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Investigating a Sexual Harassment Complaint

Once a complaint of harassment has been made to an employer or the employer is otherwise aware that a problem exists, an internal investigation should be promptly conducted by a person familiar with harassment issues and company policy. Delay in investigating the charge can demoralize affected staff and may adversely affect witness credibility. Try to obtain a written complaint to serve as the basis of an investigation.

Initial Steps

  1. Listen attentively and take the complaint seriously, even if the complaint initially appears questionable. Treat it as valid until the facts have been established otherwise. If the employee quits because she or he felt her complaint was not being taken seriously, liability may be compounded. Avoid comments like "Maybe you're overreacting," or "I'm sure he didn't mean anything by it."
  2. Set a professional tone for the interview and try to put the complainant at ease. Bringing a harassment complaint is often difficult and stressful for the employee. Acknowledge that fact and try to help the employee understand this is normal. Keep a neutral perspective however, and maintain a professional demeanor.
  3. Gather facts do not make judgments. At this stage, you are not determining the complaint's validity. The job at hand is to gather the facts. Stay away from comments such as, "Most people would be complimented by that" or "Maybe you shouldn't dress that way for work." Speak in a matter-of-fact, but supportive way, not one in which you appear to be "cross examining" the complainant. This may ease the tension that is often present.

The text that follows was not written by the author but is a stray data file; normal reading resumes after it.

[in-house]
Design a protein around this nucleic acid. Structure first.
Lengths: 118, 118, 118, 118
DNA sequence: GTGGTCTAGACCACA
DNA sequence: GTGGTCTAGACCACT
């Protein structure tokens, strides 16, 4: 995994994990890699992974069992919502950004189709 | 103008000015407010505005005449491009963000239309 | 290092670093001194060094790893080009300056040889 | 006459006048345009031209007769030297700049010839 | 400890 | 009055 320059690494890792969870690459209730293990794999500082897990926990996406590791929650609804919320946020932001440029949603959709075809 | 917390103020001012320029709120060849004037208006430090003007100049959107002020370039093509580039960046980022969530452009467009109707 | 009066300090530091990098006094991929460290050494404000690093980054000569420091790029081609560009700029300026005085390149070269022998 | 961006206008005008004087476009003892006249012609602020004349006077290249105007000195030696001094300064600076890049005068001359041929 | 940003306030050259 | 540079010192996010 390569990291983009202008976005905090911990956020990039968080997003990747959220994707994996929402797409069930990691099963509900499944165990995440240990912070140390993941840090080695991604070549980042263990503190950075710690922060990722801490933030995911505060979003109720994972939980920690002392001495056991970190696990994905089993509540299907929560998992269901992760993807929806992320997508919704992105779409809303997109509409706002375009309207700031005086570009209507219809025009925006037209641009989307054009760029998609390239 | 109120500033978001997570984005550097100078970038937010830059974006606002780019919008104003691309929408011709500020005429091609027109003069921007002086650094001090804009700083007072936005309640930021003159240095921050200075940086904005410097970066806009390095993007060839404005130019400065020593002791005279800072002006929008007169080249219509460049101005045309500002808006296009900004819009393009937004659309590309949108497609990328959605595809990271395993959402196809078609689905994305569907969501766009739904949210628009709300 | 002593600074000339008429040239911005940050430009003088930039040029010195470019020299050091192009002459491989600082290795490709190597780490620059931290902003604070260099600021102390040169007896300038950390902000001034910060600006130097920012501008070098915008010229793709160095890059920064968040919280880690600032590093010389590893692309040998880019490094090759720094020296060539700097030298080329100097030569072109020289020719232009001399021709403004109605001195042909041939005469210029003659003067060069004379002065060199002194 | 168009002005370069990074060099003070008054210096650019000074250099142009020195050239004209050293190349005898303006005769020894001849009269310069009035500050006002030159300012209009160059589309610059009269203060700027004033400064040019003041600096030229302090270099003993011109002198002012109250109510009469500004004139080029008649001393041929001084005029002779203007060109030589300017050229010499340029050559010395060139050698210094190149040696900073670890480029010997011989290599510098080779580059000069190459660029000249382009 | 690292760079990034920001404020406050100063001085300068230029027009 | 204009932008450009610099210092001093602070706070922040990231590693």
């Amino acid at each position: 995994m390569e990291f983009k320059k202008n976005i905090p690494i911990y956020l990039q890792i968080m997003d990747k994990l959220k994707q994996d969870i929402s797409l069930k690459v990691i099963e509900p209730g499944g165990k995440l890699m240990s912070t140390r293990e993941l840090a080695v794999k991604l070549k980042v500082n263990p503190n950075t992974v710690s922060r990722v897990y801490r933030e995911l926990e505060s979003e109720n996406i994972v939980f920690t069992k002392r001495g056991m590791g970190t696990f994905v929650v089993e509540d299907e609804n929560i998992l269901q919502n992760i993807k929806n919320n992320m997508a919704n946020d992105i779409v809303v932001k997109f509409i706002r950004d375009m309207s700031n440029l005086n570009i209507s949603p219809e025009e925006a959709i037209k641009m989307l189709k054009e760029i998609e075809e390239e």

4. Get answers to: "who, what, when, where, why and how." Encourage the complainant to be as specific as possible. Find out who did what to whom, when did events happen, why and how did they occur, and were there any witnesses? At this stage, it would also be wise to ask the employee if he or she is concerned about retaliation, which is often a concern of harassment victims.
  5. Try to avoid leading questions, such as "Did he tell offensive jokes?" Instead, ask open-ended questions, such as "What did he say?" or "Where did he touch you?"
  6. Getting a sense of what the employee feels would be an acceptable outcome might be important at this stage. What does the employee want to see happen to resolve the problem?


  1. While complete confidentiality may not be possible, keep the investigation and the facts under a strict "need to know" basis. Emphasize to all those involved in the investigation, including the complainant, the accused and witnesses, that it is your policy to keep discussions strictly confidential and that disciplinary consequences may result from a breach of this confidence.
  2. Limit the number of persons who have access to information. Avoid needless disclosure of information to witnesses. For example, instead of asking, "Did you see Joe touching Joan?" ask, "Have you seen anyone at work touch Joan in an offensive way?" The investigation is done to gather facts, not disseminate allegations.
  3. If there is more than one allegation, treat each incident separately.
  4. To avoid liability for defamation, never broadcast the facts of a given situation or the results of your investigation to others or as part of a training exercise.

Interviewing the Complainant

Interviewing the Accused

Interviewing the Accused's Supervisor

Interviewing Witnesses

Resolving the Complaint

Hard to Resolve Situations